Mushrooms in Lawn – Fairy Ring Disease
Rain in summer is appreciated but some folks receive unexpected lawn visitors as a result.
T. S. writes that his lawn is in excellent condition – green, thick and low. “In the middle of my lawn, however, I have a tree island that used to house a forty-foot tall Bradford pear. It was lost to a storm last spring. My problem is this: in a circle around the island, the grass is more yellow than green, not nearly as thick, and just doesn’t look as healthy. It seems less drought resistant that the other parts, drying up very quickly, but even regular watering has not helped to improve the color. My guess is that those Bradford roots are still sucking nutrients. Am I correct?”
He didn’t realize it, but T. described the classic symptoms of fairy ring. This condition is caused by several different species of fungi which specialize in breaking down buried organic matter. My guess is that the roots left by the former Bradford pear have made quite a meal for fungi. As they consumed the roots (and perhaps the thatch under T.’s lush Bermuda grass), the fungi spread their white, waxy mycelia (“roots”) through the soil. The mycelia impede the movement of moisture and nutrients, which causes nearby grass to suffer.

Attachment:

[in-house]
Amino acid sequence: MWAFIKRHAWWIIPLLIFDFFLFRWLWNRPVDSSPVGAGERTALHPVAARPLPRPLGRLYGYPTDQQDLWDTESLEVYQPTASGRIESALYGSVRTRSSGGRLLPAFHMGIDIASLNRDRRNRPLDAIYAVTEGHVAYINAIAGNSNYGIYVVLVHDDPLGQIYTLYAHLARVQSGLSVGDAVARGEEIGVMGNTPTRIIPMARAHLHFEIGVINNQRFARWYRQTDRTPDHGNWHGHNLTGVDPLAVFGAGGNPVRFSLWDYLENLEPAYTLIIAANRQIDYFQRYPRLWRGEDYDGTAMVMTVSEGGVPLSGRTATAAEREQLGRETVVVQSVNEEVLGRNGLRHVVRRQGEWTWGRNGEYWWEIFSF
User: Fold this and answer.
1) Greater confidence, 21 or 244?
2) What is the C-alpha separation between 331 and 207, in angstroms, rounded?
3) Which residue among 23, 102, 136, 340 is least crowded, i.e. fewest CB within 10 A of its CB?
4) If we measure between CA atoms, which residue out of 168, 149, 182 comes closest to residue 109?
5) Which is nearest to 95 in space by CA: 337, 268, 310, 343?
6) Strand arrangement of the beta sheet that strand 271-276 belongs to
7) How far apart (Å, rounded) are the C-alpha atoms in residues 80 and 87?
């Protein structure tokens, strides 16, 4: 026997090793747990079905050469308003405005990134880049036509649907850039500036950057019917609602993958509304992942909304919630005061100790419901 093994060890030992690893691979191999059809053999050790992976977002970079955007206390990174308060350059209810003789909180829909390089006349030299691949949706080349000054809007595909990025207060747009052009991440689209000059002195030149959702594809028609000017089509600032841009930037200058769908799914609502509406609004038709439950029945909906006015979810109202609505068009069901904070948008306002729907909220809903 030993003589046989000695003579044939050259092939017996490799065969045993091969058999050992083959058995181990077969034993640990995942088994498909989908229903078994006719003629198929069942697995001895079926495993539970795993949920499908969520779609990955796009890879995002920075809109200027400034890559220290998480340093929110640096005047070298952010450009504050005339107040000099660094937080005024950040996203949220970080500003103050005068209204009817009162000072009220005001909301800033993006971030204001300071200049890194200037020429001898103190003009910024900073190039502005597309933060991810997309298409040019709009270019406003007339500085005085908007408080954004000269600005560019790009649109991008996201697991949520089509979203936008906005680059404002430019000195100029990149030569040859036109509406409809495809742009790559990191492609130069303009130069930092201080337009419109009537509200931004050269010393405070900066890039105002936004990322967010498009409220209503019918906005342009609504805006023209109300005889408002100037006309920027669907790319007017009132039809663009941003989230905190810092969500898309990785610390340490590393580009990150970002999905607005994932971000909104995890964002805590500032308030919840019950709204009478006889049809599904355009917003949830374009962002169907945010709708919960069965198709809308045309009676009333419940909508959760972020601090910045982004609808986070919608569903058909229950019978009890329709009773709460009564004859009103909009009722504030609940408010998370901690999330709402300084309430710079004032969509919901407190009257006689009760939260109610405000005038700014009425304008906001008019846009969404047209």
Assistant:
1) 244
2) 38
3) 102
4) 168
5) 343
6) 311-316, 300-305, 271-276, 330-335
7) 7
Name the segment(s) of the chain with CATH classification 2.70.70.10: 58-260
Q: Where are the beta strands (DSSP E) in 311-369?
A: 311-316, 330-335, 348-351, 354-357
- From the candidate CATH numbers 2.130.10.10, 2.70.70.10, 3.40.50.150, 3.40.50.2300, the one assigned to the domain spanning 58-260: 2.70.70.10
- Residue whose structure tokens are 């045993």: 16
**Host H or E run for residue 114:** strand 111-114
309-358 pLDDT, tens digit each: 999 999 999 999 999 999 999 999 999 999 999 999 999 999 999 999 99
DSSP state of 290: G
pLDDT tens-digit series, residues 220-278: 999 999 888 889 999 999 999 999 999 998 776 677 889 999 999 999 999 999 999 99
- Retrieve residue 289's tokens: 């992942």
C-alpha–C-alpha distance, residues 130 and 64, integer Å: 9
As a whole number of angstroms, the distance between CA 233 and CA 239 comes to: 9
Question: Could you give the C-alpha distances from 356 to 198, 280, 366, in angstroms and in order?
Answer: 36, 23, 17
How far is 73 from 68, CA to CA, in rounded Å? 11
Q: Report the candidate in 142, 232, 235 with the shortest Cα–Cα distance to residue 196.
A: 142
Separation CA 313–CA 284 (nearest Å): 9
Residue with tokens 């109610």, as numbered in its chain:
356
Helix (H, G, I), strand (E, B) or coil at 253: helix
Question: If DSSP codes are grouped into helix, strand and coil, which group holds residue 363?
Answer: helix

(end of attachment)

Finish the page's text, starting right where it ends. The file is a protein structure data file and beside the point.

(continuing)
MUSHROOMS T. will soon likely see another characteristic of fairy ring: mushrooms. Once the fungi have absorbed sufficient nutrients, their thoughts turn to reproduction. A mushroom is nothing but the “flower” of an underground fungus. Once it emerges from the ground, spores are released from the gills of the mushroom. The spores are scattered by the wind and are ever-present throughout our landscapes.
There is no way to eliminate mushrooms (or their spores) from a lawn. Most folks just pick and discard them or practice their golf tee shots on the toadstools. If only the fairy ring is noticeable, T. should stretch a soaker hose over the yellow grass and soak it for an hour each week. Sprinkling some water-soluble fertilizer (Miracle Gro, Peter’s, etc) onto the grass will make it green again until the fungus gradually disappears.